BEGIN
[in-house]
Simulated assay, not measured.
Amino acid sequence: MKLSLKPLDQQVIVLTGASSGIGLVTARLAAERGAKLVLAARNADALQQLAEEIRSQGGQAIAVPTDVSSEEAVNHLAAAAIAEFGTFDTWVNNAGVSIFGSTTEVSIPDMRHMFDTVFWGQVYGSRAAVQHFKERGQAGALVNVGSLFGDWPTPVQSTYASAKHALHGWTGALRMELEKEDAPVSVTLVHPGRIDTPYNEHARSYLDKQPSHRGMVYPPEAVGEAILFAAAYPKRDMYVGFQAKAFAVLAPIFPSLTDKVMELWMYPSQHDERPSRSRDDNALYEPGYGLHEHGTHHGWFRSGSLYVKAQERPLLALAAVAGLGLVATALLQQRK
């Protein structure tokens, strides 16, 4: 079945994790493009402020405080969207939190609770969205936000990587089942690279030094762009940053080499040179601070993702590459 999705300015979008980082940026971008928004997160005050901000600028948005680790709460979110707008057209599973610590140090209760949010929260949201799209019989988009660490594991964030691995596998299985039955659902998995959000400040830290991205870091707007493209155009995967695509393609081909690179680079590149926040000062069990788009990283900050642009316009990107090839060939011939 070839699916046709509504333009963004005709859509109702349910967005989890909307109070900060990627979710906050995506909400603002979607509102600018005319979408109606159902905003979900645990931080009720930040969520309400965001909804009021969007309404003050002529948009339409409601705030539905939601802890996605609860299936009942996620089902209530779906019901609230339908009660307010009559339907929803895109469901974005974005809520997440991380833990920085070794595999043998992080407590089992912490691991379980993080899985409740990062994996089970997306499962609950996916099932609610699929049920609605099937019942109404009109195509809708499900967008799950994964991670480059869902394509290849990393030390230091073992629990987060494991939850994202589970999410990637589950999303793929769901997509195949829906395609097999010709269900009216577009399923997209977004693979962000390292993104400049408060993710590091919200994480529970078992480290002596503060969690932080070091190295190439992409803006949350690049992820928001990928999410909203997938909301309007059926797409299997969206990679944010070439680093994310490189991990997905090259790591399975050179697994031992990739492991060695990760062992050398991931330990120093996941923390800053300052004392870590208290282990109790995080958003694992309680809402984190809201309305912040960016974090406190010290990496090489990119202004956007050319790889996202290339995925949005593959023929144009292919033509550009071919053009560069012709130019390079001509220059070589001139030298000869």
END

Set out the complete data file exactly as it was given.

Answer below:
[in-house]
Simulated assay, not measured.
Amino acid sequence: MKLSLKPLDQQVIVLTGASSGIGLVTARLAAERGAKLVLAARNADALQQLAEEIRSQGGQAIAVPTDVSSEEAVNHLAAAAIAEFGTFDTWVNNAGVSIFGSTTEVSIPDMRHMFDTVFWGQVYGSRAAVQHFKERGQAGALVNVGSLFGDWPTPVQSTYASAKHALHGWTGALRMELEKEDAPVSVTLVHPGRIDTPYNEHARSYLDKQPSHRGMVYPPEAVGEAILFAAAYPKRDMYVGFQAKAFAVLAPIFPSLTDKVMELWMYPSQHDERPSRSRDDNALYEPGYGLHEHGTHHGWFRSGSLYVKAQERPLLALAAVAGLGLVATALLQQRK
């Protein structure tokens, strides 16, 4: 079945994790493009402020405080969207939190609770969205936000990587089942690279030094762009940053080499040179601070993702590459 999705300015979008980082940026971008928004997160005050901000600028948005680790709460979110707008057209599973610590140090209760949010929260949201799209019989988009660490594991964030691995596998299985039955659902998995959000400040830290991205870091707007493209155009995967695509393609081909690179680079590149926040000062069990788009990283900050642009316009990107090839060939011939 070839699916046709509504333009963004005709859509109702349910967005989890909307109070900060990627979710906050995506909400603002979607509102600018005319979408109606159902905003979900645990931080009720930040969520309400965001909804009021969007309404003050002529948009339409409601705030539905939601802890996605609860299936009942996620089902209530779906019901609230339908009660307010009559339907929803895109469901974005974005809520997440991380833990920085070794595999043998992080407590089992912490691991379980993080899985409740990062994996089970997306499962609950996916099932609610699929049920609605099937019942109404009109195509809708499900967008799950994964991670480059869902394509290849990393030390230091073992629990987060494991939850994202589970999410990637589950999303793929769901997509195949829906395609097999010709269900009216577009399923997209977004693979962000390292993104400049408060993710590091919200994480529970078992480290002596503060969690932080070091190295190439992409803006949350690049992820928001990928999410909203997938909301309007059926797409299997969206990679944010070439680093994310490189991990997905090259790591399975050179697994031992990739492991060695990760062992050398991931330990120093996941923390800053300052004392870590208290282990109790995080958003694992309680809402984190809201309305912040960016974090406190010290990496090489990119202004956007050319790889996202290339995925949005593959023929144009292919033509550009071919053009560069012709130019390079001509220059070589001139030298000869």